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Intel Engineer Flip-Flops to AMD, Company Secrets Stolen?

By - Source: Tom's Hardware | B 19 comments

An ex-Intel employee is currently being investigated by the FBI for allegedly attempting to provide confidential company secrets to market competitor, AMD.

Biswahoman Pani, a former engineer at Intel’s Hudson facility, is learning a rather simple lesson the hard way – it is not the best idea to start secretly working for AMD while still an Intel employee. Worse yet, it probably is a really bad idea to have over a hundred pages of sensitive Intel documents, top secret design plans and CAD drawings belonging to Intel laying around your home when starting that new job at AMD. Pani has been recently charged with allegedly stealing company trade secrets after an FBI investigation into the matter back in July 2008,

According to The Boston Globe, the story began when Biswahoman Pani told his Intel supervisors he missed his wife, Vandana Padhi, who was also an Intel employee, but who had been stationed at a facility out in California. Near the end of May, Intel approved the request to transfer his wife to the Hudson facility, however the response from Pani was probably not what Intel expected.

Only hours after, Pani handed in his resignation to Intel claiming he now wanted a job with a hedge fund and then left on vacation leave, waiting for his employment at Intel to end on June 11. When it was later discovered by another Intel employee that Pani had begun working for AMD, the FBI were called in to investigate. Apparently Pani began working for AMD on June 2, only days after his resignation from Intel.

An investigation of Pani’s house on July 1 unturned secret documents belonging to Intel of future design plans for upcoming Intel processors, although Pani claimed they were kept for reasons of curiosity and to help aid his wife with her job at the new facility. Pani is no longer working for AMD and despite having his passport seized, he is not under custody.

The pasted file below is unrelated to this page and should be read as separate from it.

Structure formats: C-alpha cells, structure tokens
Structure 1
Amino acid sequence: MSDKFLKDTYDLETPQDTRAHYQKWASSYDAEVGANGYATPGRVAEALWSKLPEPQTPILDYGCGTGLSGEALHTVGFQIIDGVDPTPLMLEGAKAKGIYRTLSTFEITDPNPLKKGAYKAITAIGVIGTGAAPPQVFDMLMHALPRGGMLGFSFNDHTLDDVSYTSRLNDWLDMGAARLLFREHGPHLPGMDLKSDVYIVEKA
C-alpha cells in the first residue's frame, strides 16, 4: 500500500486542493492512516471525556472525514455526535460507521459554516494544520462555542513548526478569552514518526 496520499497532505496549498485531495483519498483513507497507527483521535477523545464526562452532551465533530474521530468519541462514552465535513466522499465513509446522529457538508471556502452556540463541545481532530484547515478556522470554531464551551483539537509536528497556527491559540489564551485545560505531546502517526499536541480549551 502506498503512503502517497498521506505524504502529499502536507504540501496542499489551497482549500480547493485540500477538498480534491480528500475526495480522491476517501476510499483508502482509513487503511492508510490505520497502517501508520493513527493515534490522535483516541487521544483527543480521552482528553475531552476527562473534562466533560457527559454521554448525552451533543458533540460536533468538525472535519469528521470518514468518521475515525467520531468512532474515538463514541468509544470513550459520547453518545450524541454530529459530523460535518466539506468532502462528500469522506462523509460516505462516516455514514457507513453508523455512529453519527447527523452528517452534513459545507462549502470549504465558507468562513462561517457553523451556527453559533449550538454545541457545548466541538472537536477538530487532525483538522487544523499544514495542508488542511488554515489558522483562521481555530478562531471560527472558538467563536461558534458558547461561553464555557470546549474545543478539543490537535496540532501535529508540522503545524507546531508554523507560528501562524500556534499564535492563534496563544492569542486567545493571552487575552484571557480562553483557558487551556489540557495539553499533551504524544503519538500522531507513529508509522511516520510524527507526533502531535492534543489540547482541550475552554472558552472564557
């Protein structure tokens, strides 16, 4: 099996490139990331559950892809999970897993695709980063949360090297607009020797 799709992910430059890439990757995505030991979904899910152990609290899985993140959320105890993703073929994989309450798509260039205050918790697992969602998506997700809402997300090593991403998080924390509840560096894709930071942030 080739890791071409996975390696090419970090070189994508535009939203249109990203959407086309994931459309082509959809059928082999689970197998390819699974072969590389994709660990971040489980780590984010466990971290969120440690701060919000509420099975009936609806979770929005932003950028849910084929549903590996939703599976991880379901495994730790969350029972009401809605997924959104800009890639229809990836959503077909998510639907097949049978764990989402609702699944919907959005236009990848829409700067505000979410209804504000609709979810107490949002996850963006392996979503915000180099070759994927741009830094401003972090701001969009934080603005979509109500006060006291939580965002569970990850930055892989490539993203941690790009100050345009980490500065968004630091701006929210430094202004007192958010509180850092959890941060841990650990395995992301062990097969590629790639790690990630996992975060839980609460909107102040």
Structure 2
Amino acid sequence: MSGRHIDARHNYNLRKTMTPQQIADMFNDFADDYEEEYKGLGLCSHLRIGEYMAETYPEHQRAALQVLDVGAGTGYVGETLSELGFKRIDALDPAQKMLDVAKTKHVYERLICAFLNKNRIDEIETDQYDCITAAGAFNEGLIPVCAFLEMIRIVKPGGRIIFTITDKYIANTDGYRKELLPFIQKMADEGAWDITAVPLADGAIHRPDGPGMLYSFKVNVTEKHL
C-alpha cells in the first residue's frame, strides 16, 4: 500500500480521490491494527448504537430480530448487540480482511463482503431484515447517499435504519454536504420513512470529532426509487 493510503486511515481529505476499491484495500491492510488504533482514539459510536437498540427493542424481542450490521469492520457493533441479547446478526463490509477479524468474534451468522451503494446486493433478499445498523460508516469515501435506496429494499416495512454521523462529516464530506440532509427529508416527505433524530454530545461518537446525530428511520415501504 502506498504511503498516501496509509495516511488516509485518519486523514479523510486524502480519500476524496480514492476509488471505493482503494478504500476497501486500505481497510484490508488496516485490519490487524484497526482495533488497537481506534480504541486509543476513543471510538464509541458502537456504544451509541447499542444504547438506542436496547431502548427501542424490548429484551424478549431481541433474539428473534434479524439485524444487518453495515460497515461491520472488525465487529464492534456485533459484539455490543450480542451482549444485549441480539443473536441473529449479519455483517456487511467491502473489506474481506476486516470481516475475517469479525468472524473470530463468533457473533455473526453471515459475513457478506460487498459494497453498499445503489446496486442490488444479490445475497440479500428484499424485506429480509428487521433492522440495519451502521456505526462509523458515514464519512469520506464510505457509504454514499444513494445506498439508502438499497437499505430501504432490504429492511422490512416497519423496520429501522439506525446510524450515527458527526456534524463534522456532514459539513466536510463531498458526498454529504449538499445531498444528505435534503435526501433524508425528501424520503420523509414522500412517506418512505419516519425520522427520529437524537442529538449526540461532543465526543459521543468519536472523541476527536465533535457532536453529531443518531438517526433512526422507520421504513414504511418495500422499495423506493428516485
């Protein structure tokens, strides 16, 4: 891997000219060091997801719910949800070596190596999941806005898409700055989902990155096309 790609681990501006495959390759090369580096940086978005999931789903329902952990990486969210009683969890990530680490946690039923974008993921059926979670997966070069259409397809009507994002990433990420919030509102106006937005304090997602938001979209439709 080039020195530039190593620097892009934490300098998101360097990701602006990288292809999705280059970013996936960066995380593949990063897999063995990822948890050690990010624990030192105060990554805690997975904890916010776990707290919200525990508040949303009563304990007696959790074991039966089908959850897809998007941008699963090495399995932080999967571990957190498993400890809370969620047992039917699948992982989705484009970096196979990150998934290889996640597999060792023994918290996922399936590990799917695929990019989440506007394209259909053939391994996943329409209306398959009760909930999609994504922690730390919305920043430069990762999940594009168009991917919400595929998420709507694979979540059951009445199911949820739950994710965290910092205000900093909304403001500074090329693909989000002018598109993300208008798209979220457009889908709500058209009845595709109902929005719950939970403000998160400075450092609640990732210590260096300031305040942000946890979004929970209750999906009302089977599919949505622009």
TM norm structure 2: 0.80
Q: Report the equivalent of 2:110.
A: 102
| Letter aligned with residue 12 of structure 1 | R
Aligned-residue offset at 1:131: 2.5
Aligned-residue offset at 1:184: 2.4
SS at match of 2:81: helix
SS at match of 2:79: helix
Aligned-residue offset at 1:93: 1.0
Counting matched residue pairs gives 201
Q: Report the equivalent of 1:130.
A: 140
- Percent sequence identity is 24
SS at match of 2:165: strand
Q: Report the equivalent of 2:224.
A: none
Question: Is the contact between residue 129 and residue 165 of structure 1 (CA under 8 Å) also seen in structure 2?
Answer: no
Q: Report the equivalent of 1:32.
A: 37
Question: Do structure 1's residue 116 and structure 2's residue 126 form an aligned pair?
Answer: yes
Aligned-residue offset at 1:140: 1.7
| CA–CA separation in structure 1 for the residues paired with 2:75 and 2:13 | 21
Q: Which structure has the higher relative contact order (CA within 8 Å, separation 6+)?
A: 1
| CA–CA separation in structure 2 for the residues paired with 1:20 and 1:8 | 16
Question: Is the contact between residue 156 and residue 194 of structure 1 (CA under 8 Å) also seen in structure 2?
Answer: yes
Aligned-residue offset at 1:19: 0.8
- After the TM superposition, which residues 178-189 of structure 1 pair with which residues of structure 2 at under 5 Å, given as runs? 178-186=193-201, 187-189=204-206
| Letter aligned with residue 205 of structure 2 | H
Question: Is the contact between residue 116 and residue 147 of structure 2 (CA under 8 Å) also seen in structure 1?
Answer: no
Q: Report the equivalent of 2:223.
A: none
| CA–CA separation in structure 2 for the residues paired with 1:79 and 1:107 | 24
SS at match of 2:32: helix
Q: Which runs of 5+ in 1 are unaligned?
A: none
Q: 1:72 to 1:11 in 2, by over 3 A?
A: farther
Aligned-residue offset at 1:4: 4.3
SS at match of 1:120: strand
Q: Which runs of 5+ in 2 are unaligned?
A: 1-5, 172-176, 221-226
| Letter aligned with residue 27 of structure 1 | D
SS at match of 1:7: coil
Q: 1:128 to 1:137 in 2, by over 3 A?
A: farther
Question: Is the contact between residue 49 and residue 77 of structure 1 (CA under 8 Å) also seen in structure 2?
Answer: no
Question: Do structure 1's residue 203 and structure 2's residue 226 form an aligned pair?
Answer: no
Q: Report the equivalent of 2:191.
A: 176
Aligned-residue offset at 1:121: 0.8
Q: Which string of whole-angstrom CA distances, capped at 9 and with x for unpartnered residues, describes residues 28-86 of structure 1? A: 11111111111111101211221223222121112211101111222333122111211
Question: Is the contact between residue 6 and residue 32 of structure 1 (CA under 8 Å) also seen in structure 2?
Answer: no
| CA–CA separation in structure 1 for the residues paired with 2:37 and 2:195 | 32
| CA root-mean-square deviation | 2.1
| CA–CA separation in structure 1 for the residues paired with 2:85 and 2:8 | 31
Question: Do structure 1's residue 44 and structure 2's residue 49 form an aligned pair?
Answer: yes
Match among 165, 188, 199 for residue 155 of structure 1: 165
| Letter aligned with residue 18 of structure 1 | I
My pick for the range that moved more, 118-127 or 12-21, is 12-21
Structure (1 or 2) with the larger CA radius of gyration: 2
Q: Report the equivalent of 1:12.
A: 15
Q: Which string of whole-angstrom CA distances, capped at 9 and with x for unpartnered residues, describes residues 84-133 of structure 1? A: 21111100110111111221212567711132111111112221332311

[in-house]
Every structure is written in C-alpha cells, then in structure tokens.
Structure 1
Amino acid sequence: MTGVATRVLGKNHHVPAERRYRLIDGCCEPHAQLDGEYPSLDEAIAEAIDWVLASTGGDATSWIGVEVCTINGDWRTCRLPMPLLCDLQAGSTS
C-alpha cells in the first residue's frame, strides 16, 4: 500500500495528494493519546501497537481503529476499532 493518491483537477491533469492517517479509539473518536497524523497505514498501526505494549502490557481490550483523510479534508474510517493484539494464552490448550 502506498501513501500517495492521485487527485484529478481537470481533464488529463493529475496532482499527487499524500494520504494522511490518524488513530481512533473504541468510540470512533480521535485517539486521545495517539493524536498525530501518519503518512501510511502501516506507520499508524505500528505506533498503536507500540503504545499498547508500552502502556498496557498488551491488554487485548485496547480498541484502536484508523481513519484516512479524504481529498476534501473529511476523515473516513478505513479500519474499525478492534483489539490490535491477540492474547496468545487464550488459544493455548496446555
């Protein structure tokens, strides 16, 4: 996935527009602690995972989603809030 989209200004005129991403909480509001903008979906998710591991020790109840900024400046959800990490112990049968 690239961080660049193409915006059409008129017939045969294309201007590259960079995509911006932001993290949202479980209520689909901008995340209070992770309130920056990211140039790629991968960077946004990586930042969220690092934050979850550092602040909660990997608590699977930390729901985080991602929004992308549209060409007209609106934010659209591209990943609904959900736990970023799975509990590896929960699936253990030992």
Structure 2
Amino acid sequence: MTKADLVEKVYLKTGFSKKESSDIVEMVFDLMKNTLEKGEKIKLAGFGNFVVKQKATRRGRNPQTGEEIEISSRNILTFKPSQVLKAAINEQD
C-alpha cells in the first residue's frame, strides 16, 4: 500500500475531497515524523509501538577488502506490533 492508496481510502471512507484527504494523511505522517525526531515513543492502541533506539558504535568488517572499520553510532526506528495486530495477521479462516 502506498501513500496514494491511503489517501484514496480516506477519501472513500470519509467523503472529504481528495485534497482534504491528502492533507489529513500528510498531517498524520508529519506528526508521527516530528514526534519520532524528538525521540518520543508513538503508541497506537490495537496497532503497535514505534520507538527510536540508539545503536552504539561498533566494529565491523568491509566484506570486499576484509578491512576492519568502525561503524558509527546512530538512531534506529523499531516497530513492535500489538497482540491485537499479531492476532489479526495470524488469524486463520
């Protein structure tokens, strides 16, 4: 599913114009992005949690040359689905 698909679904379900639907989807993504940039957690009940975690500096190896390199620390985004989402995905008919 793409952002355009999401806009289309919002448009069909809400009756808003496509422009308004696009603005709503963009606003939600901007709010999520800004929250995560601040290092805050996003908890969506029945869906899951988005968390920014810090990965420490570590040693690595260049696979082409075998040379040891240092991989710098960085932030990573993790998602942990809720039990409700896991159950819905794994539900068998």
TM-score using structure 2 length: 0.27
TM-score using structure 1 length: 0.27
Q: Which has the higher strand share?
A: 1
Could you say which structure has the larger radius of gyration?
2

The FBI states there is no evidence that AMD was involved in Pani’s alleged actions and there is no evidence that AMD gained possession of any sensitive Intel documents. AMD and Intel are both fully cooperating with the investigation.

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  • 1 Hide
    jimmysmitty , September 16, 2008 12:24 AM
    Wow. What stupid people will do. He will probably get some fines or something bad.
  • 2 Hide
    neodude007 , September 16, 2008 12:53 AM
    MMMM FBI searching your house = fail. I don't see how CAD blueprints and 100 page secret documents are your average reading material. That sucks but I would imagine he deserves everything coming his way. Buuuut AMD could use the help. If they stepped up there would be some hot competition like AMD/Nvidia. Cheap stuff for everyone hooooooo
  • 0 Hide
    Camikazi , September 16, 2008 1:23 AM
    Isn't this the same guy who's wife STILL works for Intel and would have reason for having those papers? Yes, starting to work for AMD while still employed to Intel is bad, but that does not mean he stole those papers, when there is a chance his wife needed them for her work.
  • 2 Hide
    sacre , September 16, 2008 1:28 AM
    See..

    Its the FBI and two major companies at work here, I think there is more behind this, and lot more lies then truth.

    With those 3 Giants (intel, amd, fbi) there is NO possible way 1 single guy would beable to defend himself.

    After seeing the amount of corruption in Americas system, and how democracy doesn't mean a thing if you're rich, I have a hard time believing any of this.
  • 1 Hide
    zerapio , September 16, 2008 3:24 AM
    Camikazi, this is not stock paper for the printer we're talking about; it's TOP SECRET stuff. As you can imagine not everyone in the company has access to top secret material and all of those who do have only access to the material relevant to their work.
  • 0 Hide
    falchard , September 16, 2008 3:35 AM
    Meh who cares. Intel cannot create new technology for its hardware now until AMD creates it first. Thier quad solution was simply sticking 2 Dual cores together. Now its a hypertransport L3 cache user like... The Phenoms. They even have a 512KB L2 Cache.